Discounts (%) in smaller company sectors

Sector Jan 18 Jan 19
North American Smaller Companies -11.38% -17.45%
UK Smaller Companies -9.66% -8.94%
European Smaller Companies -2.14% -11.6%
Japanese Smaller Companies -0.55% -0.71%

Past performance isn't a guide to the future. Source: AIC, correct at 01/01/2019

Discounts for most smaller company sectors widened last year. UK Smaller Companies was the exception, but sentiment towards the sector was already weak because of things like Brexit.

It might be an interesting time to take a closer look at smaller companies. But remember – discounts have the potential to widen from current levels and all investments fall as well as rise in value, so you could make a loss.

Here I look at a couple of trusts that focus on smaller companies and parts of the market that suit their investment trust structure. Each one is quite different though, so investors should make sure the trusts suit their objectives.

Woodford Patient Capital Trust

Neil Woodford invests in young businesses that could revolutionise entire industries. He focuses on some exciting areas of the market, like biotech and healthcare.

His main aim is to help companies with great ideas develop and bring their products and services to market. It can take a long time for companies to do this though. Lots of investors don’t have the patience needed, so these companies often struggle to get funding. It also makes it harder for open-ended funds to invest large amounts of money in these companies, especially if a lot of people want to withdraw their investment at the same time.

This is a unique trust with the potential for high rewards, but it comes with extra risks. It takes a long time to develop an idea into a product or service that can be sold widely and make money. There could be attractive returns for those patient enough to take a long-term view, but setbacks are inevitable.

The trust uses derivatives and can also borrow money to invest. This is known as ‘gearing’. Both of these increase risk. It also carries a performance fee, more about this can be found in the annual reports and KID.

You can find out more about the trust in our latest update.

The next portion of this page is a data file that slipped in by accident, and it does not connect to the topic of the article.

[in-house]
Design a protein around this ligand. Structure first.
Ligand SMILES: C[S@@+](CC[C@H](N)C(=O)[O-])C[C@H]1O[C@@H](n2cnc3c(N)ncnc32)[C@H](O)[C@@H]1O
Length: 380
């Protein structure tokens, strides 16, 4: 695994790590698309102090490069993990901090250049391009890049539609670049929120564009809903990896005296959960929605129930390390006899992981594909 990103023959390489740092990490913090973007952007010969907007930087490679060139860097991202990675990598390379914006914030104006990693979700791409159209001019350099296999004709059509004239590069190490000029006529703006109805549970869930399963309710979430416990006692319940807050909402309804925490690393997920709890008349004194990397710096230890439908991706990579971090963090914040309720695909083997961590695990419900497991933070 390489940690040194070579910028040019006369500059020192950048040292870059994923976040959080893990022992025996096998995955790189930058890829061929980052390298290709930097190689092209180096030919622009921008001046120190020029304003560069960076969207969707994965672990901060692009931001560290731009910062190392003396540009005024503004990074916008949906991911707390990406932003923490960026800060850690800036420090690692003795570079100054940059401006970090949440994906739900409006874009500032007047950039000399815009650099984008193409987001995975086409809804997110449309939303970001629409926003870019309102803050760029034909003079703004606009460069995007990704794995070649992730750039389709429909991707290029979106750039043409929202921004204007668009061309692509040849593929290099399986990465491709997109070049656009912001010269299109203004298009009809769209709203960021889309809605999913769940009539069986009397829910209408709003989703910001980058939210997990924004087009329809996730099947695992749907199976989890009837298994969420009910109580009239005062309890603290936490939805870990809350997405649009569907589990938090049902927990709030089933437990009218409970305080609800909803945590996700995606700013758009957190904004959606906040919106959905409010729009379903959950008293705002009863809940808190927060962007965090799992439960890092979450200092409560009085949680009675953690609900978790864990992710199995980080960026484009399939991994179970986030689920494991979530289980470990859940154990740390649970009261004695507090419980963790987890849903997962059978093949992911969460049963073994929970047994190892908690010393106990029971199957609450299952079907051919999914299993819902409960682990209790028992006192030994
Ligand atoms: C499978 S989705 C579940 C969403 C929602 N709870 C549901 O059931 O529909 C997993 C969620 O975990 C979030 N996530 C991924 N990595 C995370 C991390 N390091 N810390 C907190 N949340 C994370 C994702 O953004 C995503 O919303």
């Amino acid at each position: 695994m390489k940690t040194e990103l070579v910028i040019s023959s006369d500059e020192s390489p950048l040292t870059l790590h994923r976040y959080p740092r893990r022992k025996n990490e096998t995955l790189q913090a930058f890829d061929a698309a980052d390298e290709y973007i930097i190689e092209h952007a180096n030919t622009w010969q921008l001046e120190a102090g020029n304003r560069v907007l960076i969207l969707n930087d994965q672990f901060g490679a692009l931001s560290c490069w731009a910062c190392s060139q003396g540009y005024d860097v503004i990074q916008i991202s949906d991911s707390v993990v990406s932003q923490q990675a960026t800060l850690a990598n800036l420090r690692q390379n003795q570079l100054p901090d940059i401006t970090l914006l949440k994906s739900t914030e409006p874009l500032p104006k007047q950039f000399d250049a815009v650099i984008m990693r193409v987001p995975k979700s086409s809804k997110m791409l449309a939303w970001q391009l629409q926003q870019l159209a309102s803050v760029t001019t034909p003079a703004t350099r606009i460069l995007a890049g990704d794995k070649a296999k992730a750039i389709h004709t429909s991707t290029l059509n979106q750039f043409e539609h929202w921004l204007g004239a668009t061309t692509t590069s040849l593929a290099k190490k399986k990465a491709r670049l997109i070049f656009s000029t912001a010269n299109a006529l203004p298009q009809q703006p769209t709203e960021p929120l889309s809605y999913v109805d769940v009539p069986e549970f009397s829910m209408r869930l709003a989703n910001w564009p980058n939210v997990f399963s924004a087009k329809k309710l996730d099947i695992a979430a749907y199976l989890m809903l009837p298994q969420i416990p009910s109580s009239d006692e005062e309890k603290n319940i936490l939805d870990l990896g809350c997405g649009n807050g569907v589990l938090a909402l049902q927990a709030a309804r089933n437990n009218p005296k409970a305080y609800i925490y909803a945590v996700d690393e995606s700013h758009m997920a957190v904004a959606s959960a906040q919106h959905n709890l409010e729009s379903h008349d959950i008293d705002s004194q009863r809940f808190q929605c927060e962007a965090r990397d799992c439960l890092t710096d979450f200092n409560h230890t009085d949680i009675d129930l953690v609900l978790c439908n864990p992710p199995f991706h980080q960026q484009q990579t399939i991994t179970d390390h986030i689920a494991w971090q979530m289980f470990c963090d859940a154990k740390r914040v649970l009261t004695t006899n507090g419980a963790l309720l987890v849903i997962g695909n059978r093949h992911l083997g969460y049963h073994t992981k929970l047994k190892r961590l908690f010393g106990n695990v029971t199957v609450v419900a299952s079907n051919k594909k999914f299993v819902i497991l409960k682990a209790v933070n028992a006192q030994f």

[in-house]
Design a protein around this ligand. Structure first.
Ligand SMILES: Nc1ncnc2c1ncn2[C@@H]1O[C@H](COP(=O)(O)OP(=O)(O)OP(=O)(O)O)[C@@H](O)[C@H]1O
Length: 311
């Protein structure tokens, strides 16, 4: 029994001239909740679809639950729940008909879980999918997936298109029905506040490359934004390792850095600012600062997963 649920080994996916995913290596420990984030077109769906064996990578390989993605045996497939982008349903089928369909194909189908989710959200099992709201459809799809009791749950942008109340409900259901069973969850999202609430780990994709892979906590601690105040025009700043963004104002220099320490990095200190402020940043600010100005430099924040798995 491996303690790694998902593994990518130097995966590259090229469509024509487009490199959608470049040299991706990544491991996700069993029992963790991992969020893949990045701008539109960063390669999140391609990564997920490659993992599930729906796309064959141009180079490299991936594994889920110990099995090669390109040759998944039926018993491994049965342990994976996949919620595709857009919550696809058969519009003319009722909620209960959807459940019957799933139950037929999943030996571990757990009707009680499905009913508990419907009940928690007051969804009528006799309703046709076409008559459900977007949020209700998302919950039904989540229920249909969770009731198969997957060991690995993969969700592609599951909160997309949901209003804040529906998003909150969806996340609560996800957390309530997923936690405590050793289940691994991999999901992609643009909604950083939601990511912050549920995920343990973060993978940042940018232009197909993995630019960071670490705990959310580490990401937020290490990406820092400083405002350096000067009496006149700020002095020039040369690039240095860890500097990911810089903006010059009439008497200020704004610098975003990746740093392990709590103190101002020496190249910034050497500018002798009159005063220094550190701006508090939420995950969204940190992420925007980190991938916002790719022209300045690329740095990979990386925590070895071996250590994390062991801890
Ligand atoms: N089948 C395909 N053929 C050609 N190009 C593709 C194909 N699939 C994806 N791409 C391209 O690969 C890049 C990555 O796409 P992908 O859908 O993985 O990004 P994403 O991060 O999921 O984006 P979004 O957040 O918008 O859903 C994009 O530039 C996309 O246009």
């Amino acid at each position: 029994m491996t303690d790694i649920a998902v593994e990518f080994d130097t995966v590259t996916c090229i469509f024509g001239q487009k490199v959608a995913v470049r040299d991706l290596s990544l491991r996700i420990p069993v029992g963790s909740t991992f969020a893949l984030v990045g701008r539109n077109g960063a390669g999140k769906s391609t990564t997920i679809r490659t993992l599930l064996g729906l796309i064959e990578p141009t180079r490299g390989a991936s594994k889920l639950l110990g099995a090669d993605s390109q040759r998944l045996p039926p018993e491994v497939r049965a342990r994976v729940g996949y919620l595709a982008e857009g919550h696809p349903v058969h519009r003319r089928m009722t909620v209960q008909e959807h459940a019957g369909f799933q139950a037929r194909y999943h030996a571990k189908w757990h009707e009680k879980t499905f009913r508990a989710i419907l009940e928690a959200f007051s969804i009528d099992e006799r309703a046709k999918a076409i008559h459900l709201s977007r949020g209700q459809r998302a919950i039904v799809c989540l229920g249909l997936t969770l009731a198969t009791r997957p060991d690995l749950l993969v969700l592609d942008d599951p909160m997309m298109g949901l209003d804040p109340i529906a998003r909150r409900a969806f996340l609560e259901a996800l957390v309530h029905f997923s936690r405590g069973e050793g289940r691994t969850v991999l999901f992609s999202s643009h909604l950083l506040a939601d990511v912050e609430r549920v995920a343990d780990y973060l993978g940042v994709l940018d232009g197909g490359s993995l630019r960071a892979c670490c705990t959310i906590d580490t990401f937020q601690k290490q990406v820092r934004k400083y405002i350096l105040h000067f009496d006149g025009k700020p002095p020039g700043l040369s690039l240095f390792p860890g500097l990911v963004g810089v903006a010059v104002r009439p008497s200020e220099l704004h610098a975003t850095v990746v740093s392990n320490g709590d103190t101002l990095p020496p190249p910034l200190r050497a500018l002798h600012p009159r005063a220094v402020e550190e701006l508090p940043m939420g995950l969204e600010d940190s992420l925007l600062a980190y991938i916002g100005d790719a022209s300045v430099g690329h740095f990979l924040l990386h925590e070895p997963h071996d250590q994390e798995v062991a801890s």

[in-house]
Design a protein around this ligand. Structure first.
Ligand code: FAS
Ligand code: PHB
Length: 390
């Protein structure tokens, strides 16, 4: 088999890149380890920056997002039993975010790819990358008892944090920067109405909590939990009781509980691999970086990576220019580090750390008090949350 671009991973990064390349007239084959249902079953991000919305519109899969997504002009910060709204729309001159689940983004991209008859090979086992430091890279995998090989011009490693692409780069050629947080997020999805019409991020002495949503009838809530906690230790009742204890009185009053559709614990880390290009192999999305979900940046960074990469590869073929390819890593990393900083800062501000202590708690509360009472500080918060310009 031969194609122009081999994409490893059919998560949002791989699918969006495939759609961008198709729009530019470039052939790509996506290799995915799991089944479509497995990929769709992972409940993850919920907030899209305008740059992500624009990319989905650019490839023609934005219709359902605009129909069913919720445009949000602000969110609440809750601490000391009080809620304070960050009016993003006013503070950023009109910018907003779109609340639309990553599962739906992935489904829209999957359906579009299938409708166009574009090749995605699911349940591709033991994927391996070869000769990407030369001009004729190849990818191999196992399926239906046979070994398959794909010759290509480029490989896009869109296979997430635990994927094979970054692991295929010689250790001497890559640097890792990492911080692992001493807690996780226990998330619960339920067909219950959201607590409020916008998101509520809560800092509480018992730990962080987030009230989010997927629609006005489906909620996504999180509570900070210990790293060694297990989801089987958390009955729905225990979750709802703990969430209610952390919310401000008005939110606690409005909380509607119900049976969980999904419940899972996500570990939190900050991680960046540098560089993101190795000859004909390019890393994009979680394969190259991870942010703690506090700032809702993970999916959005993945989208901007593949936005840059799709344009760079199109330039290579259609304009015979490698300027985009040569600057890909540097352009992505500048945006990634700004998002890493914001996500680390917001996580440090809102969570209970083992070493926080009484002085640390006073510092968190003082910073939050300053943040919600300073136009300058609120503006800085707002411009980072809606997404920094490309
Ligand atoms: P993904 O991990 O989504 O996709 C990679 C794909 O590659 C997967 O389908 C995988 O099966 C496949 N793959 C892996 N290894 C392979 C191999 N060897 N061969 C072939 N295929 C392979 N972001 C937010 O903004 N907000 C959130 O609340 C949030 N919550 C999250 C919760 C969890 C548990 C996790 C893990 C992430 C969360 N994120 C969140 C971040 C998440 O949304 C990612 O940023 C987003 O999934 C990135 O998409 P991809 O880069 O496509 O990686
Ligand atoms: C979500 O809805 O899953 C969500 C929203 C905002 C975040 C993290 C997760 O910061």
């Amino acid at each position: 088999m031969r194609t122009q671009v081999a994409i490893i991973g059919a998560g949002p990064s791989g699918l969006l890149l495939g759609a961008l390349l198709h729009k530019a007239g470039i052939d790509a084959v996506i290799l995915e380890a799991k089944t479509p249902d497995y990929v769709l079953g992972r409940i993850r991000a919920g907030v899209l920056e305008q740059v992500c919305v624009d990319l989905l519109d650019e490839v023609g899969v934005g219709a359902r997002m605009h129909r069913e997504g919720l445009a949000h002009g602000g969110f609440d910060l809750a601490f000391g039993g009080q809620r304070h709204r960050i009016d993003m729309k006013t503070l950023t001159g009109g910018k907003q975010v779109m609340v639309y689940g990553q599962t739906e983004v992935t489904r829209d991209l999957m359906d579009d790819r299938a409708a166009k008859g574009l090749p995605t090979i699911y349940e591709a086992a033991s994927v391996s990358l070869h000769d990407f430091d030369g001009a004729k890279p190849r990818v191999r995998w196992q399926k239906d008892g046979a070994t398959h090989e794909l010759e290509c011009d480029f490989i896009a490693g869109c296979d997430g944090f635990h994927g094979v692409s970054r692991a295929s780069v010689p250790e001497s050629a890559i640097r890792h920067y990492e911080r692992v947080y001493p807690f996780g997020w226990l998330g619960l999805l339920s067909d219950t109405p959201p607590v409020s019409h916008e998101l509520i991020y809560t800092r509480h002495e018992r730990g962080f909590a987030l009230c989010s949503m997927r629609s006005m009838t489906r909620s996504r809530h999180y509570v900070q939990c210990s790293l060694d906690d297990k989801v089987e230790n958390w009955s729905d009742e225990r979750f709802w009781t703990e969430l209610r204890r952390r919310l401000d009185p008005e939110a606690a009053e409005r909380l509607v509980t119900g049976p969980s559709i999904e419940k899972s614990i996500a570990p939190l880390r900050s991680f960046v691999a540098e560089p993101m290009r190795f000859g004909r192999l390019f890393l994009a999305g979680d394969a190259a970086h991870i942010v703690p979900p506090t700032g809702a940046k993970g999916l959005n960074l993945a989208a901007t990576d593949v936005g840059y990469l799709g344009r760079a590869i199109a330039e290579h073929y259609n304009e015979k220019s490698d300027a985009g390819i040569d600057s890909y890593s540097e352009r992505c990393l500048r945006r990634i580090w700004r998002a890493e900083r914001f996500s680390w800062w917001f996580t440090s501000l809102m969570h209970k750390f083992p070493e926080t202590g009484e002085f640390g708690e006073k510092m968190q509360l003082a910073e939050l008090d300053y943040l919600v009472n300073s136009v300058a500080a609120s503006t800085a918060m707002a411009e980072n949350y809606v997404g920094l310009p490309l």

Find out more about this Investment Trust, including charges

Woodford Patient Capital Trust Key Information Document

Fidelity China Special Situations

Dale Nicholls does something different to a lot of other investors. His trust invests in small Chinese companies, including some unlisted businesses such as Didi Chuxing, a car ride-sharing company. The hope is these businesses will eventually join the stock market and their share price will rise. This happened last year to Meituan, which provides online services such as food delivery.

Nicholls focuses on China's 'new economy'. The country's depended on exports and investment for growth in the past but it's shifting its focus towards domestic consumption. Nicholls aims to benefit from this by investing in a lot of consumer and internet-related companies.

The Chinese market is home to thousands of companies and this trust is one of few funds able to invest across the entire market. We think the long-term growth potential is huge but it won't always be a smooth ride. A focus on a single emerging market and smaller companies, the use of derivatives and a high level of gearing (currently 23%) increases risk and the potential for volatility.

Find out more about this Investment Trust, including charges

Fidelity China Special Situations Trust Key Information Document

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Important notes

This article isn’t personal advice. If you’re not sure whether an investment is right for you please seek advice. If you choose to invest the value of your investment will rise and fall, so you could get back less than you put in.